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Why Cats Love Shoving Their Butts in Your Face, According to Science

Image Credit: Instagram

Cats are definitely a mixed bag – they’re snuggly and warm, they purr, they seem happy to see us sometimes, but they also, you know, like to stick their butts in our faces and also they might be plotting our demise while we sleep.

No word on whether we really need to be concerned about the latter, but science is weighing in on why, exactly, cats enjoy showing us their “third eye.”

Mikel Delgado, a postdoctoral fellow at the School of Veterinary Medicine at UC Davis, says that cats don’t necessarily think shoving their butts in our faces is aggressive or domineering – it’s likely, instead, that they’re just saying hello.

“For cats, it’s normal for them to sniff each other’s butts as a way to say hello or confirm another cat’s identity. It’s hard for us to relate to, but for them, smell is much more important to cats and how they recognize each other than vision is.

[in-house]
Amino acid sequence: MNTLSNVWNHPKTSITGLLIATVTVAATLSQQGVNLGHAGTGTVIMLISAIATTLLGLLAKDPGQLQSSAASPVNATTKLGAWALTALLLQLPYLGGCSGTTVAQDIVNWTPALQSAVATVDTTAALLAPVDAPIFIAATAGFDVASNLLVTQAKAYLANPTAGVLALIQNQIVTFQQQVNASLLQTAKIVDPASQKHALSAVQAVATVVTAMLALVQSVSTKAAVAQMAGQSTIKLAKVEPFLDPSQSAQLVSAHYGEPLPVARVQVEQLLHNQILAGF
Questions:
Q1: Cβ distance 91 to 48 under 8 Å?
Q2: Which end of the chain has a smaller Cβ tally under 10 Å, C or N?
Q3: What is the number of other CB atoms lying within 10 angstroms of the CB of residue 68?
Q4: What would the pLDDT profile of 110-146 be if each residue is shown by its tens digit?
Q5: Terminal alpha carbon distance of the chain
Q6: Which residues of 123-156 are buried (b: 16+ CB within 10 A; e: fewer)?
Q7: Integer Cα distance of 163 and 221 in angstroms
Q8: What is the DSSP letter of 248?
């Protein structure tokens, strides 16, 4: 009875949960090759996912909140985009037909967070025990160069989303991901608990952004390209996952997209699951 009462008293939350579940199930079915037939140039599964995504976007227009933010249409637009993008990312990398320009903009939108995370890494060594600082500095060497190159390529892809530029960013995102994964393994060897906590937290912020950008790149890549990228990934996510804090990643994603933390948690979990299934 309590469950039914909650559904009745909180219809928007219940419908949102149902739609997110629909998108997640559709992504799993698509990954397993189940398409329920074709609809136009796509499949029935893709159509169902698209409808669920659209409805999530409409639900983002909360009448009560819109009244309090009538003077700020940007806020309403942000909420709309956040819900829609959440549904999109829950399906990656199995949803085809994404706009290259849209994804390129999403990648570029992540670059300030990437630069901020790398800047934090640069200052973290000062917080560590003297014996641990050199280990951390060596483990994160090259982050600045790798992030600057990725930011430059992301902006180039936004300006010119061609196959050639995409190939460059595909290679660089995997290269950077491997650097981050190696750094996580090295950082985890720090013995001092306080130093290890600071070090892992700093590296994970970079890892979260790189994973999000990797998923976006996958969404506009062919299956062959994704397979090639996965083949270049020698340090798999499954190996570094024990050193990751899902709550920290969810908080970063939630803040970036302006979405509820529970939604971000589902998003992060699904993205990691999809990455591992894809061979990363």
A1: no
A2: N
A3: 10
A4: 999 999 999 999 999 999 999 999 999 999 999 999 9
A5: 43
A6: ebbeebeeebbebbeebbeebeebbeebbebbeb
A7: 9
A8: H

So cats may be ‘inviting’ us to check them out, or just giving us a friendly hello.”

Inspecting other cats’ butts is a biological measure of security – like a fingerprint scan, or showing I.D.

Other experts agree that cats use their rear end to express friendliness or affection, and that raising their tail is a sign of trust.

A cat who doesn’t may still be working on trusting you.

So, there you go – there’s no reason to think your cat is insulting you, or is trying to give you some kind of threatening message by showing you his rear.

Just the opposite, in fact, so give her a pat and thank her for being such a good friend, but if you’re going to show her yours in return, maybe keep it to yourself.